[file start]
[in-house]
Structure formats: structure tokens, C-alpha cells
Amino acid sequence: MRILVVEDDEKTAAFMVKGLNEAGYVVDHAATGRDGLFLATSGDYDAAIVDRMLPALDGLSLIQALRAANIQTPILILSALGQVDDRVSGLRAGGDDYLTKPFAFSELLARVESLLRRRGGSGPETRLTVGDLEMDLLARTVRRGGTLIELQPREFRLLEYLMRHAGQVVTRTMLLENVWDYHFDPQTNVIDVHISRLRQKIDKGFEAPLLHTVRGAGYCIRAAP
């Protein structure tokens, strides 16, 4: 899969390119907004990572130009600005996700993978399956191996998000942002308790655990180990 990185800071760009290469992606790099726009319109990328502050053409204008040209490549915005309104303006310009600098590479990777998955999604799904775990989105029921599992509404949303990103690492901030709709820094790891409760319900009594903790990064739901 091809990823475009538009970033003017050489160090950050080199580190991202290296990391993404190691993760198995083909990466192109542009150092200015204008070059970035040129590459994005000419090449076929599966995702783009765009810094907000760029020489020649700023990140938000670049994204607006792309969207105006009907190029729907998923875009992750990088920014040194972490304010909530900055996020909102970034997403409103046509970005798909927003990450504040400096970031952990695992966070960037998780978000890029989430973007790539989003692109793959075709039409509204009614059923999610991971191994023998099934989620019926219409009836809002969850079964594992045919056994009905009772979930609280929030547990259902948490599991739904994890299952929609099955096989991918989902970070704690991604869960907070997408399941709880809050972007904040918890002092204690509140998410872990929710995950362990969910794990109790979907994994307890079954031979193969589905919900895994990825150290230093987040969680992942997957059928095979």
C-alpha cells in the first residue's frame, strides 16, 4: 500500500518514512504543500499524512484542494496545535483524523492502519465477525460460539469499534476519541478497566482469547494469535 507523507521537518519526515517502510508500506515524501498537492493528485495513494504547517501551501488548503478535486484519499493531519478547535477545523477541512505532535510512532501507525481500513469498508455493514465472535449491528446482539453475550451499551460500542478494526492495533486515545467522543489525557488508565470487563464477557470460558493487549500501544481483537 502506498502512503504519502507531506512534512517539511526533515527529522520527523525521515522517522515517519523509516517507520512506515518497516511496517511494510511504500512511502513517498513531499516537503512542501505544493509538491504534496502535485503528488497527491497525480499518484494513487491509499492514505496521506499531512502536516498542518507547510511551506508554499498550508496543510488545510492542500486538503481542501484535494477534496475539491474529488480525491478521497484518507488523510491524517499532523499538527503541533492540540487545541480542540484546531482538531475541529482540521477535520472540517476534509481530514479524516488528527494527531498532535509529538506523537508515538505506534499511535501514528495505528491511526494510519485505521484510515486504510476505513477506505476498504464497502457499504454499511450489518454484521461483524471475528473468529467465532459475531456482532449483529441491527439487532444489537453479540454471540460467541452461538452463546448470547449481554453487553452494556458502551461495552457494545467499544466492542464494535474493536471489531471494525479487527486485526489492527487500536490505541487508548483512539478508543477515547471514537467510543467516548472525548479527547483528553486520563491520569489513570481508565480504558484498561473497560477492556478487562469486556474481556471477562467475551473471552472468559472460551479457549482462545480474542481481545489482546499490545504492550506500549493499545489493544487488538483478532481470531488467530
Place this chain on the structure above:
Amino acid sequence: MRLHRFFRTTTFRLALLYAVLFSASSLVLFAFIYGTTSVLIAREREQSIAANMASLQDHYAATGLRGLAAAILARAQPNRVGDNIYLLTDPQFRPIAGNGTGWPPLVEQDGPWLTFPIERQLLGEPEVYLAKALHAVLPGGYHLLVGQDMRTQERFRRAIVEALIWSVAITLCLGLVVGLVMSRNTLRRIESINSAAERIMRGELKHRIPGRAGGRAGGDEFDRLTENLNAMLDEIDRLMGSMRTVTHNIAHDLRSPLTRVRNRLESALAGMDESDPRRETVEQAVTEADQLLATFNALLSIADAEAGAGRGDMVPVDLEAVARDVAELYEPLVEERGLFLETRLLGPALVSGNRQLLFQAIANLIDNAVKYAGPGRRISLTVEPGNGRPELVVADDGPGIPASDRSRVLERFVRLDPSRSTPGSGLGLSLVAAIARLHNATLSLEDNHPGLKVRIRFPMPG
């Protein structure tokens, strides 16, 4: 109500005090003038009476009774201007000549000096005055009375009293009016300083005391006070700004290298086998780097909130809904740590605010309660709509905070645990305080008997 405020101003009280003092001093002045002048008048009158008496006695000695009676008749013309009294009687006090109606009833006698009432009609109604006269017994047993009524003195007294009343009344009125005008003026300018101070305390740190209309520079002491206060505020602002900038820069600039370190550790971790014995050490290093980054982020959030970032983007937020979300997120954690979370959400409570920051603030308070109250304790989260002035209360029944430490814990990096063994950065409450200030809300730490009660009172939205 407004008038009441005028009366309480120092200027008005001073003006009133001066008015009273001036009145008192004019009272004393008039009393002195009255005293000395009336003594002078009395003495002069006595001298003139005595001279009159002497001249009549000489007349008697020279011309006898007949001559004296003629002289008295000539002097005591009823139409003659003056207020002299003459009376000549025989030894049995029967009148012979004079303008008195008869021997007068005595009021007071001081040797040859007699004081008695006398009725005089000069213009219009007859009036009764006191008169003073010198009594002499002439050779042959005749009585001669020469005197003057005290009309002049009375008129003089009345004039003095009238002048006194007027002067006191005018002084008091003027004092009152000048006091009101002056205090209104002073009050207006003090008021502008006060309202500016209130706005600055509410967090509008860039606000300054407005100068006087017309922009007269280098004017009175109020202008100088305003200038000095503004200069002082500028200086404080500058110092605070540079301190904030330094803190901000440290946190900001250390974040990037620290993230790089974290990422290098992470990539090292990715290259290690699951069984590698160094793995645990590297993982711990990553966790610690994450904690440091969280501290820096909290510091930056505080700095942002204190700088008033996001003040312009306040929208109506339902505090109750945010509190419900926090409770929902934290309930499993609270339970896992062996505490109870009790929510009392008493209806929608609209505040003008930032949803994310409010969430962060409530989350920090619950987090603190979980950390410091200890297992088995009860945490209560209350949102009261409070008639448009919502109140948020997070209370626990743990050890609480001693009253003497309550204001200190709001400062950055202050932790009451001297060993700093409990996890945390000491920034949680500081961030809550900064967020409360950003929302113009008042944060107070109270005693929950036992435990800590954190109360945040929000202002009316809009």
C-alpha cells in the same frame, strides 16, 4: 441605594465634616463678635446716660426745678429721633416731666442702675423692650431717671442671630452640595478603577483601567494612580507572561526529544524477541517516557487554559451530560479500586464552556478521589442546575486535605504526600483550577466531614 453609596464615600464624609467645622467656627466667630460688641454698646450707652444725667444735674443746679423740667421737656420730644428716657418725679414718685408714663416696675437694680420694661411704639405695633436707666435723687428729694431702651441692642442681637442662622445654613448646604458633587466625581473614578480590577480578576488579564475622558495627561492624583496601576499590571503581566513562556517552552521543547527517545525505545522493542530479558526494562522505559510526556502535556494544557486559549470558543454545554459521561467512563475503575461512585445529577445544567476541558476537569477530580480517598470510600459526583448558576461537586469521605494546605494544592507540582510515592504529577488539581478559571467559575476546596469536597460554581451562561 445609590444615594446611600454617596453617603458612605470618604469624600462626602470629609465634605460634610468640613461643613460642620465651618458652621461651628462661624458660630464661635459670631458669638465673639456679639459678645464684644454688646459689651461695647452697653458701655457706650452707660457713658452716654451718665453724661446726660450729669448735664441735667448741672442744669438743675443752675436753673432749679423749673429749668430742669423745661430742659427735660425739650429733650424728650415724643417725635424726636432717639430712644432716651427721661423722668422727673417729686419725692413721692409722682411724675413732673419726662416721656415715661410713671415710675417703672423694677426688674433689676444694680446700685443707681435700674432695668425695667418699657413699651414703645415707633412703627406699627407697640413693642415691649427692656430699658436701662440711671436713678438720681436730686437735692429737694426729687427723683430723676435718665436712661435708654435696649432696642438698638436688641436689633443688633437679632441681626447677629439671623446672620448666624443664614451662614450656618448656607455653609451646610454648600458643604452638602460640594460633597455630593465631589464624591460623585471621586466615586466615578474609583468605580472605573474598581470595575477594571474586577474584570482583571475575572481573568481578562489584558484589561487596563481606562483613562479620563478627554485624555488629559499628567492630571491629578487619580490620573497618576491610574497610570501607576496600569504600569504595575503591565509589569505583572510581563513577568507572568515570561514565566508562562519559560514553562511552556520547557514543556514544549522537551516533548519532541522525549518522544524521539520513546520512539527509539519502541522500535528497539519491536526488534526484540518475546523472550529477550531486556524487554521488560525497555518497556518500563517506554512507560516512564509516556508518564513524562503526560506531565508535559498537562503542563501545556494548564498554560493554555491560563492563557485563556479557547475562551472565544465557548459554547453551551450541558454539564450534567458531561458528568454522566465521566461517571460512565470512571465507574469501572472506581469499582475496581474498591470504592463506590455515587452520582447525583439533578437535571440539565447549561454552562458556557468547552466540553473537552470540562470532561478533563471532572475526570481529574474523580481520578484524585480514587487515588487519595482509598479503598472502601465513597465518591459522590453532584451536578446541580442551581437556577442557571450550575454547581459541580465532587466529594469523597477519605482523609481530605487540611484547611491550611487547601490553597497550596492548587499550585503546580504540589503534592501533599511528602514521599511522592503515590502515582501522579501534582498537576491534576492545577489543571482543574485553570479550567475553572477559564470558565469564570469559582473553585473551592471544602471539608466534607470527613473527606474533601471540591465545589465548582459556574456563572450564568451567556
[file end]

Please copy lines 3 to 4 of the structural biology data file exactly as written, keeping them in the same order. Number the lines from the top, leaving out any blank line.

Amino acid sequence: MRILVVEDDEKTAAFMVKGLNEAGYVVDHAATGRDGLFLATSGDYDAAIVDRMLPALDGLSLIQALRAANIQTPILILSALGQVDDRVSGLRAGGDDYLTKPFAFSELLARVESLLRRRGGSGPETRLTVGDLEMDLLARTVRRGGTLIELQPREFRLLEYLMRHAGQVVTRTMLLENVWDYHFDPQTNVIDVHISRLRQKIDKGFEAPLLHTVRGAGYCIRAAP
């Protein structure tokens, strides 16, 4: 899969390119907004990572130009600005996700993978399956191996998000942002308790655990180990 990185800071760009290469992606790099726009319109990328502050053409204008040209490549915005309104303006310009600098590479990777998955999604799904775990989105029921599992509404949303990103690492901030709709820094790891409760319900009594903790990064739901 091809990823475009538009970033003017050489160090950050080199580190991202290296990391993404190691993760198995083909990466192109542009150092200015204008070059970035040129590459994005000419090449076929599966995702783009765009810094907000760029020489020649700023990140938000670049994204607006792309969207105006009907190029729907998923875009992750990088920014040194972490304010909530900055996020909102970034997403409103046509970005798909927003990450504040400096970031952990695992966070960037998780978000890029989430973007790539989003692109793959075709039409509204009614059923999610991971191994023998099934989620019926219409009836809002969850079964594992045919056994009905009772979930609280929030547990259902948490599991739904994890299952929609099955096989991918989902970070704690991604869960907070997408399941709880809050972007904040918890002092204690509140998410872990929710995950362990969910794990109790979907994994307890079954031979193969589905919900895994990825150290230093987040969680992942997957059928095979």